Marc Greggains, Director of New Business Commercial Sales at Totalmobile, discusses how the role of mobile workers has changed over the course of the pandemic and the instrumental role that new technological innovations have played – and continue to play – in the evolution of the construction industry.
Almost a year and half since the UK first entered into lockdown, this summer should finally mark the last hurdle on the government’s roadmap back to normality. However, with so much having changed over the last 18 months, what is the business world going to look like moving forward? Many businesses have found a new way of working and some companies, including giants like Unilever for example, have already announced that they will never return to pre-pandemic work patterns.
And what about an industry like construction where mobile workforces make up a significant portion of staff? How has the way of working evolved? Even during the worst of the pandemic these organisations couldn’t simply tell employees to work from home. They needed to find solutions that kept both staff and customers safe at the same time as finding cost effective ways to complete jobs in an efficient and productive manner, while remaining compliant with regulations and SLAs.
Increasingly innovative technologies have enabled these workforces to keep working, and now we look at what impact these initiatives will make in the coming months, as lockdown eases – hopefully for the final time.
Automating time-consuming tasks
Every company that is more than a few years old will likely find itself coping with legacy technology, or at least systems that are a little outdated. Some of these will require an amount of manual work, such as in administration, where employees can spend hours inputting data to ensure that other staff members can do their jobs efficiently.
In construction, workers such as subcontractors need to know where they’re going, when they need to be there, and what they need to have with them to complete the job. The task traditionally falls on administrators to handle the scheduling process, as well as vehicle and inventory monitoring. These manual tasks can be time consuming and aren’t always cost effective.
During the pandemic, many businesses have adopted scheduling and booking software to help speed up this process, and will continue to reap the benefits throughout the years to come. Jobs can be added to the system more quickly and easily than before, and can be automatically added to a subcontractor’s job list with all of the required details about the job at hand. Automatic scheduling also enables some administrative staff to focus their attention elsewhere, giving more time to work that can’t be completed by a machine.
Streamlining the mobile workforce
Some construction companies may have had to reduce the size of their workforce during the pandemic or now as we come out of it, to help keep costs down. To enable a smaller workforce to offer the same service as before, scheduling applications can be used to help ensure that the right workers and resources are sent to the right jobs, reducing the need for unexpected traveling to pick up additional equipment, for example. Not only has this been beneficial while under some lockdown restrictions – reducing the number of locations that workers may need to visit in one day or week – but also moving forward as restrictions disappear altogether, it means that work can be carried out quicker with less interruptions.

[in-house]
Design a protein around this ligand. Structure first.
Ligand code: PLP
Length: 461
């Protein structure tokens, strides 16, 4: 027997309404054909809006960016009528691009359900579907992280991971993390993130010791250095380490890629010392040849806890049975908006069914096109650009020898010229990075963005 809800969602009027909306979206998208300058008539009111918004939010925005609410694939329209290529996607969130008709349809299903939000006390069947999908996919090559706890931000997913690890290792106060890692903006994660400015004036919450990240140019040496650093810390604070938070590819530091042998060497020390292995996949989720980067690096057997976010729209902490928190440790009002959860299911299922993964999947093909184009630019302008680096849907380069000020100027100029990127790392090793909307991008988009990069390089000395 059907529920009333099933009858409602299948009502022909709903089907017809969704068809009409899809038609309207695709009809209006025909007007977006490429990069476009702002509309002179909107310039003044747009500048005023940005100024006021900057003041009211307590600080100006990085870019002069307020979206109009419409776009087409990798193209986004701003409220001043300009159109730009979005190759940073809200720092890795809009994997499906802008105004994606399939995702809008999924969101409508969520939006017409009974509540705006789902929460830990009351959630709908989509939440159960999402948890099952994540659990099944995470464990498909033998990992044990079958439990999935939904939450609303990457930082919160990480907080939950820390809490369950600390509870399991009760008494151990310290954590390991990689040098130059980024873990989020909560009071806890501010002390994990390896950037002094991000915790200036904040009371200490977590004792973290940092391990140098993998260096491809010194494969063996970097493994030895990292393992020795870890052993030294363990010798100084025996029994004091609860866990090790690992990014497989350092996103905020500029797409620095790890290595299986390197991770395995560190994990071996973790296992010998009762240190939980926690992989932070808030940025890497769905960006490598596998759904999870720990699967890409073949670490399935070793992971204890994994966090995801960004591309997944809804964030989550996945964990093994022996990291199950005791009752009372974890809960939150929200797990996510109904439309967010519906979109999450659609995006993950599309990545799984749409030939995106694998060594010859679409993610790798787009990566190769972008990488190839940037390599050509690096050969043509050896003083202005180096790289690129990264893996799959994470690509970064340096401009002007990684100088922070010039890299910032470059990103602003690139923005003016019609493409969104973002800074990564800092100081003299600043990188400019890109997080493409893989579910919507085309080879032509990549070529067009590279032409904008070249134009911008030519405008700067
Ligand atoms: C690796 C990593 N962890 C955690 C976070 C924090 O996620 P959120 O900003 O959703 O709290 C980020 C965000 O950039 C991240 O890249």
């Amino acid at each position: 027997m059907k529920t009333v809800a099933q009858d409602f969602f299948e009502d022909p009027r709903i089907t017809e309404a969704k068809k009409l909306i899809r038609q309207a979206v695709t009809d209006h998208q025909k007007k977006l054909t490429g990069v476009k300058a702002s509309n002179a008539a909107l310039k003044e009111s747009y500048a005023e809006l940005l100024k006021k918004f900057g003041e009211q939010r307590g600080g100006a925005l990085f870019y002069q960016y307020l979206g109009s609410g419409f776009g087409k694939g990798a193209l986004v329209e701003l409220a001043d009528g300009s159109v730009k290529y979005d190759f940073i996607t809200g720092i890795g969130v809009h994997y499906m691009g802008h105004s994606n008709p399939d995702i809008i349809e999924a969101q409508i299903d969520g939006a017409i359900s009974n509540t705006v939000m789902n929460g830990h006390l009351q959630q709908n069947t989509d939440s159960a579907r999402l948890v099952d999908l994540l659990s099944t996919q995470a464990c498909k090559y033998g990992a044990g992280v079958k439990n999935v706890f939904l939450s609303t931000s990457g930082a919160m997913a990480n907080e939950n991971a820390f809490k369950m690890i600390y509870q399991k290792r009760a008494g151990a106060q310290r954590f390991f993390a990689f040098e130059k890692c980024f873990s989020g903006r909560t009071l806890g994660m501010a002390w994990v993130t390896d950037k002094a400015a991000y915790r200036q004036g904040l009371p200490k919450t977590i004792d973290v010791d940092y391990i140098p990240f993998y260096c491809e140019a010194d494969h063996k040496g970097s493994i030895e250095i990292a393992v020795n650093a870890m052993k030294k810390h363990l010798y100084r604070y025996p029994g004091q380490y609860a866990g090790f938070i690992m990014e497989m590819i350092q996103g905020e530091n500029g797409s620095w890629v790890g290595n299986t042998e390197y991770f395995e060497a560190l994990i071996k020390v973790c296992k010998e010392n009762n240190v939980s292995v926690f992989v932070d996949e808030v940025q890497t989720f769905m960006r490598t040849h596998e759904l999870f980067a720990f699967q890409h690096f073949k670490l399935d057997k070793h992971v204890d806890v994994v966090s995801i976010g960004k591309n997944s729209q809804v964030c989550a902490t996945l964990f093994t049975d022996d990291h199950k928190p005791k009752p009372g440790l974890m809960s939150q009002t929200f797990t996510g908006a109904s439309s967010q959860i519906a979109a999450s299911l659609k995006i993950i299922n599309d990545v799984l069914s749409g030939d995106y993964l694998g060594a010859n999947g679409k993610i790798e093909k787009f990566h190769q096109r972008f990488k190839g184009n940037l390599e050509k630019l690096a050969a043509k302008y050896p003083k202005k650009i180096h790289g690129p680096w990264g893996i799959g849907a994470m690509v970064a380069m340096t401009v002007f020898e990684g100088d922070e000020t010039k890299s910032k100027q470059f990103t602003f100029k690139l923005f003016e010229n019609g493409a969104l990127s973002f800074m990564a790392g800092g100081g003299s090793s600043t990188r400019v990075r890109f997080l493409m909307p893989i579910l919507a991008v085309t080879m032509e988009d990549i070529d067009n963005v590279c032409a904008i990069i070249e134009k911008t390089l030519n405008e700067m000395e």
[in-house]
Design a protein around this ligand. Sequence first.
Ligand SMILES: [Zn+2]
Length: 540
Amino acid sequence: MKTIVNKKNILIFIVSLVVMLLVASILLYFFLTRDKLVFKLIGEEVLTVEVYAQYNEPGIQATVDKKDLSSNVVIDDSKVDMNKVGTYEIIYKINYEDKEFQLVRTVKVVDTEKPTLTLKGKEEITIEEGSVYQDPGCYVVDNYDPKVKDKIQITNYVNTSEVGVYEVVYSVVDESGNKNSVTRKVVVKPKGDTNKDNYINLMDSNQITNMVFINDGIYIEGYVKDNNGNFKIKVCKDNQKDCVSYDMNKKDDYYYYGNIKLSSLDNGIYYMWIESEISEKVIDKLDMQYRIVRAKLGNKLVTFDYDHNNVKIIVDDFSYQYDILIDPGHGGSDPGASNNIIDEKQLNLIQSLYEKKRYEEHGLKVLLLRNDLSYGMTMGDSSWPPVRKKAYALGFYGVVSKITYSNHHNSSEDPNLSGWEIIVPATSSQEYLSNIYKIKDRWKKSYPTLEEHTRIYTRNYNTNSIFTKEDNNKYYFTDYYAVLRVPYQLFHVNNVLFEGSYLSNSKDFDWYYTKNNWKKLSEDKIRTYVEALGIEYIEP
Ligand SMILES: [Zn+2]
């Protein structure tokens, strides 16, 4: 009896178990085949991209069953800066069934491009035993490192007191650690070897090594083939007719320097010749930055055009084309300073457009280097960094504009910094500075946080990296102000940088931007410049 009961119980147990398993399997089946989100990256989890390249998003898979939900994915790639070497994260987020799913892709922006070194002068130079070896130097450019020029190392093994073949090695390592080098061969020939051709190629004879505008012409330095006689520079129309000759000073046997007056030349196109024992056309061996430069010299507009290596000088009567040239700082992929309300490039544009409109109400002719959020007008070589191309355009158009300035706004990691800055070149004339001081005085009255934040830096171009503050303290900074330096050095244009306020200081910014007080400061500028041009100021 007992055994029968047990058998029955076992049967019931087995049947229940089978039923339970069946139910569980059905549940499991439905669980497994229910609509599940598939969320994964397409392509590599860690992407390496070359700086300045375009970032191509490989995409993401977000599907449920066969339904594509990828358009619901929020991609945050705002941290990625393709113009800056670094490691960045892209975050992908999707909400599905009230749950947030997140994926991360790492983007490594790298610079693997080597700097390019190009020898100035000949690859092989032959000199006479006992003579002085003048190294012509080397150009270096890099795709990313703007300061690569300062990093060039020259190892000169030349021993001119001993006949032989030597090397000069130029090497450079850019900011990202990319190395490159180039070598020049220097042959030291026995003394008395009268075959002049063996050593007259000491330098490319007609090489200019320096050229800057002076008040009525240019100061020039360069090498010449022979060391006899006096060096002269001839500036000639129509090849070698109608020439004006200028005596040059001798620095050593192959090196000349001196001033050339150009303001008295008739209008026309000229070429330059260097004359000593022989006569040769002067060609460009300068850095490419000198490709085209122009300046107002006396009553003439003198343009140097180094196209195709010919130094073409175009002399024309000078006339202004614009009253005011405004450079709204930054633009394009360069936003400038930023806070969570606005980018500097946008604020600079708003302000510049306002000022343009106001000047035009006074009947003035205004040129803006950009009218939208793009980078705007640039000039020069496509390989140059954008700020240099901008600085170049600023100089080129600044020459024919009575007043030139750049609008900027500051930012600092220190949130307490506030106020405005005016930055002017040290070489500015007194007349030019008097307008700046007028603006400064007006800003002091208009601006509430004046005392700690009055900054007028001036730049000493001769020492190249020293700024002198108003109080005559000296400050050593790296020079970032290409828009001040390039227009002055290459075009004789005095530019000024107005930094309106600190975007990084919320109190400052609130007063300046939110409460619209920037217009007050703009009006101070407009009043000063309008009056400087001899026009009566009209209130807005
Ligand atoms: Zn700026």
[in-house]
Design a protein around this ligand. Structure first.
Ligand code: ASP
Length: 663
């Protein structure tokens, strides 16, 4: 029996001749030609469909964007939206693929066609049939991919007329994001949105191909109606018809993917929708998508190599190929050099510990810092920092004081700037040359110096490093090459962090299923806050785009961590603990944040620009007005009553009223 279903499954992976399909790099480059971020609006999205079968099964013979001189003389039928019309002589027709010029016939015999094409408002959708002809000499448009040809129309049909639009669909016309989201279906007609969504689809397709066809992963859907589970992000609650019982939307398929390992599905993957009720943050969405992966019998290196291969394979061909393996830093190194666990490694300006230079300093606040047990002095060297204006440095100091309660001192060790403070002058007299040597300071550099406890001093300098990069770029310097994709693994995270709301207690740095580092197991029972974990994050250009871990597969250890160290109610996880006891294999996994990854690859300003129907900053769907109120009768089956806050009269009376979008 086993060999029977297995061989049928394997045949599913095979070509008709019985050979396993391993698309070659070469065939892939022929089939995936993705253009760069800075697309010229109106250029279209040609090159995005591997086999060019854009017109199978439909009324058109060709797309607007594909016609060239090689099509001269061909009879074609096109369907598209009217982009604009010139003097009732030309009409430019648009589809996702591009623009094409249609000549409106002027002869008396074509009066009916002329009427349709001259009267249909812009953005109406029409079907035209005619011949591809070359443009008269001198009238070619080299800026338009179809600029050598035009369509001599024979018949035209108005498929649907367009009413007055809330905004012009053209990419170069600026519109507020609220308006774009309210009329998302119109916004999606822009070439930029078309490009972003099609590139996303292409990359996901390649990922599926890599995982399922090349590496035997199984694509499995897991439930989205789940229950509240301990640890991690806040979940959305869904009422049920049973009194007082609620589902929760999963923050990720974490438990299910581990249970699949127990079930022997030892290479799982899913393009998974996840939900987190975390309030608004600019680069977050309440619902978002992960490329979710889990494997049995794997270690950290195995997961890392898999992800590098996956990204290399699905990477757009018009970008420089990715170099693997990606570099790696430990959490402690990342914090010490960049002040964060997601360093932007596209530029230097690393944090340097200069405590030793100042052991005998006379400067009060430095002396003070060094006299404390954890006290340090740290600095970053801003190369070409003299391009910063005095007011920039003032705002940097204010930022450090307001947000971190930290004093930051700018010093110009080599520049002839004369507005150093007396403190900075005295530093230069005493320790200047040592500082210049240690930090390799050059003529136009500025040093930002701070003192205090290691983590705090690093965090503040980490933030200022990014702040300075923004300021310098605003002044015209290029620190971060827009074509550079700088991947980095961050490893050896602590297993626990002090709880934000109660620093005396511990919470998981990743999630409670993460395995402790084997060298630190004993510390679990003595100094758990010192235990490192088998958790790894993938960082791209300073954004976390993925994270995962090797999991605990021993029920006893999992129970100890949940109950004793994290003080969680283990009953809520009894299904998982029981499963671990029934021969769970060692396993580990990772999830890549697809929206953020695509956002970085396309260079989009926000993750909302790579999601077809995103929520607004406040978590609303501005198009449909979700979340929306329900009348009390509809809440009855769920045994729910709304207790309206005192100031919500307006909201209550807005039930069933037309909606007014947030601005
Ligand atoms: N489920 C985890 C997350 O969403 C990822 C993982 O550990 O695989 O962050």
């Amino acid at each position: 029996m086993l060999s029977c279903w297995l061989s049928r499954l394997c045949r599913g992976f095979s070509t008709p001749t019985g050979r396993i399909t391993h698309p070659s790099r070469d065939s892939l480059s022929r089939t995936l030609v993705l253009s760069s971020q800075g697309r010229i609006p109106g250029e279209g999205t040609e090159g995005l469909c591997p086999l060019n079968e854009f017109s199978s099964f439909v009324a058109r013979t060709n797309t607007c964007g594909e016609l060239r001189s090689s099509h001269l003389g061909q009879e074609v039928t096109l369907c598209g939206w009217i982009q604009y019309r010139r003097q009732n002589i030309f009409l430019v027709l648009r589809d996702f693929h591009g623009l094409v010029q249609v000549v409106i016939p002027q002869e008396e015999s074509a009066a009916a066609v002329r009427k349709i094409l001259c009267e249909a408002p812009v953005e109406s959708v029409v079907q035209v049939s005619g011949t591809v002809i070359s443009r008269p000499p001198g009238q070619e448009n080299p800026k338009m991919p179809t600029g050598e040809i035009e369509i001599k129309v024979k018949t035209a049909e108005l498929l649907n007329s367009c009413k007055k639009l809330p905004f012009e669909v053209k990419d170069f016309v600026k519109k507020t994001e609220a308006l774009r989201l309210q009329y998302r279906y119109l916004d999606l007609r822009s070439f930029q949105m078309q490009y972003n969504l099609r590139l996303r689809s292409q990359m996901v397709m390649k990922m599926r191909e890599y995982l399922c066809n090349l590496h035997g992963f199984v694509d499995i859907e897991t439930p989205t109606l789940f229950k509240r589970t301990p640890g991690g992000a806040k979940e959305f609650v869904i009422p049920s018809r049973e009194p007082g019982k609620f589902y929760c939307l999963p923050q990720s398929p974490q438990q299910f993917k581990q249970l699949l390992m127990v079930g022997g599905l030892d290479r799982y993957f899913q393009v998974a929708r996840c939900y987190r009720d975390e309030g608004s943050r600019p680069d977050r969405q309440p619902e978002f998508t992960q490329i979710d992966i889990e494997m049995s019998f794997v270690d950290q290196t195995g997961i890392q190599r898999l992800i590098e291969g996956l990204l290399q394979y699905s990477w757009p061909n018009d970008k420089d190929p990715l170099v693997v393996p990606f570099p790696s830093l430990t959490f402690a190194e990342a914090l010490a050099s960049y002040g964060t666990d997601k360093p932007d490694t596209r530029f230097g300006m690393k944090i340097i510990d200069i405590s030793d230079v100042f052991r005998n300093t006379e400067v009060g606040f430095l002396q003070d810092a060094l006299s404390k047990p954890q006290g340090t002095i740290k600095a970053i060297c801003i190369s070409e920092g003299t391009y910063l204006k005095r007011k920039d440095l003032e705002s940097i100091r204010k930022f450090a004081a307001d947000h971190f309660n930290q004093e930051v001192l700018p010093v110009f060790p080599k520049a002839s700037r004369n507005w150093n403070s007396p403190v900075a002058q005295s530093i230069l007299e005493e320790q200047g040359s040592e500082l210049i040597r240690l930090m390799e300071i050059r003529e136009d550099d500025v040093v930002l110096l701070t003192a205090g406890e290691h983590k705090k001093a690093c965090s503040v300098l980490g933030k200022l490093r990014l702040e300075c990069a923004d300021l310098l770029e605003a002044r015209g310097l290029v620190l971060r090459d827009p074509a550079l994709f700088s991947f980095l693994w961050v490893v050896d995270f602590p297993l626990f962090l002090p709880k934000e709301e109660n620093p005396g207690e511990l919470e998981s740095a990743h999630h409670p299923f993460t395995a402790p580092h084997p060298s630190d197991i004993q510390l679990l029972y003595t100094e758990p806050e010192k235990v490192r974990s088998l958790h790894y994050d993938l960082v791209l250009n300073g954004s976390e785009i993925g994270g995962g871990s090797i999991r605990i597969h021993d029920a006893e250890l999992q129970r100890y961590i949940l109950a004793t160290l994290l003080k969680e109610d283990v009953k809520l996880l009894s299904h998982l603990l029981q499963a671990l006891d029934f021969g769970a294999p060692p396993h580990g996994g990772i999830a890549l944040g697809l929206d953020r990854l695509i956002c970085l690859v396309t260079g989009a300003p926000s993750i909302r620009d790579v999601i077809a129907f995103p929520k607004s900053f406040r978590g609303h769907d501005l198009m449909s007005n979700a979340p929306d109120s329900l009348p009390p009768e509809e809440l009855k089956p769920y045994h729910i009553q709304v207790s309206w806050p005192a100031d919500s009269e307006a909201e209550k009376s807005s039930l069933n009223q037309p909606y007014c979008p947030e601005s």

Video-based remote assistance is another innovative technology that is increasingly helping construction companies to deliver a better service. A smaller team can attend a site, and should they require advice from a more experienced team member, they can use the video livestream to show a supervisor the situation they’re dealing with and complete the task themselves under guidance. This reduces the number of workers that need to attend a site at one time, thereby helping the business to deploy resources more widely, and maximising labour utilisation when potentially dealing with a reduced workforce following the most recent lockdown.
When it comes to compliance, these technological advances are enabling companies to better meet strict SLAs when carrying out any construction work. The increased preparation that scheduling applications provide, including additional details about a site and the wider location, ensures workers have everything they legally require on the job.
Similarly, newly automated audits are speeding up this process, meaning workers can complete jobs and move onto the next site quicker. Replacing paper-based data input with digital devices also not only makes regulation compliance more straightforward and safer, but it means that data is always readily available too. Should any details from a previous construction site need to be reviewed, this data is all captured and stored in the company’s system.
These past 18 months have taught construction companies many lessons about how to streamline their services and continue providing a positive customer experience, despite the challenges we’ve all faced. As the government’s roadmap out of lockdown progresses through each stage, and normality is on the horizon, the construction industry is well placed to leverage the technology that has been implemented during this time to keep jobs across the country running smoothly.
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